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University Records Services
Managing University Records
Records that support decision-making, demonstrate compliance, document the history and culture of the University, and enable us to do our jobs are some of the University’s most valuable assets. Proper management of University records maximizes their value and minimizes their cost. Good records management practices enable your office to:
- Control costs associated with records and information management
- Improve efficiency and access to information
- Meet compliance obligations
- Minimize the legal risks posed by inadequate records management practices
- Ensure that permanent and historical records are captured and maintained
Please complete a Records Transfer Form and include it with any records or files you send to the University Archives.
The University Archives is an active partner in university records management, providing consultation services to help University offices identify permanent records and plan for the scheduling, disposition, and transfer of records to the archives. Contact Annie Benefiel, University Archivist and Digital Collections Librarian at (616) 331-8727 or firstname.lastname@example.org to schedule a consultation appointment.
What Should We Keep?
The following types of records are commonly created and held by offices and departments across the University. They should be considered for transfer to the University Archives when no longer in active use.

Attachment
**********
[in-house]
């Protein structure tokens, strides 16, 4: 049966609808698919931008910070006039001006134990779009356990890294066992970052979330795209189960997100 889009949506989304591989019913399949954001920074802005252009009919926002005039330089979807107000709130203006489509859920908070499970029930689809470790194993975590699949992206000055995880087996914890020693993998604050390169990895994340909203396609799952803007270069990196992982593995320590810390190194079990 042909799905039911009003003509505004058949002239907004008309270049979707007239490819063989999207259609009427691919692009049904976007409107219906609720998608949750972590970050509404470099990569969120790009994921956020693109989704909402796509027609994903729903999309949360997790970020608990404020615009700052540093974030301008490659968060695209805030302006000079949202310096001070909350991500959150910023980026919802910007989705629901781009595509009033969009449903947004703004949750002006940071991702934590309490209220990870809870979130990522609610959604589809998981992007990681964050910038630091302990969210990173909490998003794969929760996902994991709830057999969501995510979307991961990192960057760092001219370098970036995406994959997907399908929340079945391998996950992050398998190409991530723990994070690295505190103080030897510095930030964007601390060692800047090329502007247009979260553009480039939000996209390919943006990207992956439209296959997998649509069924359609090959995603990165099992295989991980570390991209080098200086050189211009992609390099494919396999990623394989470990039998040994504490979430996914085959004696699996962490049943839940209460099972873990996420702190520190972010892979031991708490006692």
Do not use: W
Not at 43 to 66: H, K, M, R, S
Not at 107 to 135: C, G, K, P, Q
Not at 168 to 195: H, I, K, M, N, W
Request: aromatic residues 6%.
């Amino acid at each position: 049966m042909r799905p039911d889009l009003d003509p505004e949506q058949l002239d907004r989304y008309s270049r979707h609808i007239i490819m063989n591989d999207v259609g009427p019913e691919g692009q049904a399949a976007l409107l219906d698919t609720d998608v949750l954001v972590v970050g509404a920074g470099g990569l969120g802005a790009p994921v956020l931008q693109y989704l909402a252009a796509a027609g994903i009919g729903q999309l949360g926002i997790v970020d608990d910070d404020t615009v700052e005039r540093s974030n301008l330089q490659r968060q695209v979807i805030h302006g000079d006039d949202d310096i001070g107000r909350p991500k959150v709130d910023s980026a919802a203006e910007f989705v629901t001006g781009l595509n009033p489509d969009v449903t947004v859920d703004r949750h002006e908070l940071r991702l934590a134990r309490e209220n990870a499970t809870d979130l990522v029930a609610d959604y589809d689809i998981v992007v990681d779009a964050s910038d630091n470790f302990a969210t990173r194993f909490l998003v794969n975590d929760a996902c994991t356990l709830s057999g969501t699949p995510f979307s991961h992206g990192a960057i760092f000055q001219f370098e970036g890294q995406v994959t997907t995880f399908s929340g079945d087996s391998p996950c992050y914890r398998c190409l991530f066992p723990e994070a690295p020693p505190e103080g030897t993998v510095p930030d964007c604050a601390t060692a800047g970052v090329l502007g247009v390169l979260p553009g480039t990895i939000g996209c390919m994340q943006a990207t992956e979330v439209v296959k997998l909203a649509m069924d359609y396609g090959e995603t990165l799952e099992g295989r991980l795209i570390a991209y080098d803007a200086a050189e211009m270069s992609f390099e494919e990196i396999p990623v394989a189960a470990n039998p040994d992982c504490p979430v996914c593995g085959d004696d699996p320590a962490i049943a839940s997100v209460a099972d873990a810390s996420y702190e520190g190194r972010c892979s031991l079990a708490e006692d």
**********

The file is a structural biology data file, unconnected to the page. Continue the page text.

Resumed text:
- Official agendas, minutes, and supplemental materials of boards, committees, departments, senate, councils, and task forces
- Reports, including summary or annual reports, research reports, statistical reports, and special reports, published or unpublished
- Publications of university offices and departments, including directories, catalogs, handbooks, schedules, newsletters, journals, brochures, calendars, posters, etc.
- Official correspondence of continuing legal, administrative, or historical value pertaining to the policies, procedures, or functions of the university
- Articles, written histories, speeches, summary lists, and presentations relating to the history, policies, procedures, or functions of the university
- Photographs or digital images of university locations, people, and events
- Audio-visual recordings (sound or moving images) documenting historically significant university activities
- Artifacts (reviewed and approved by the University Archives)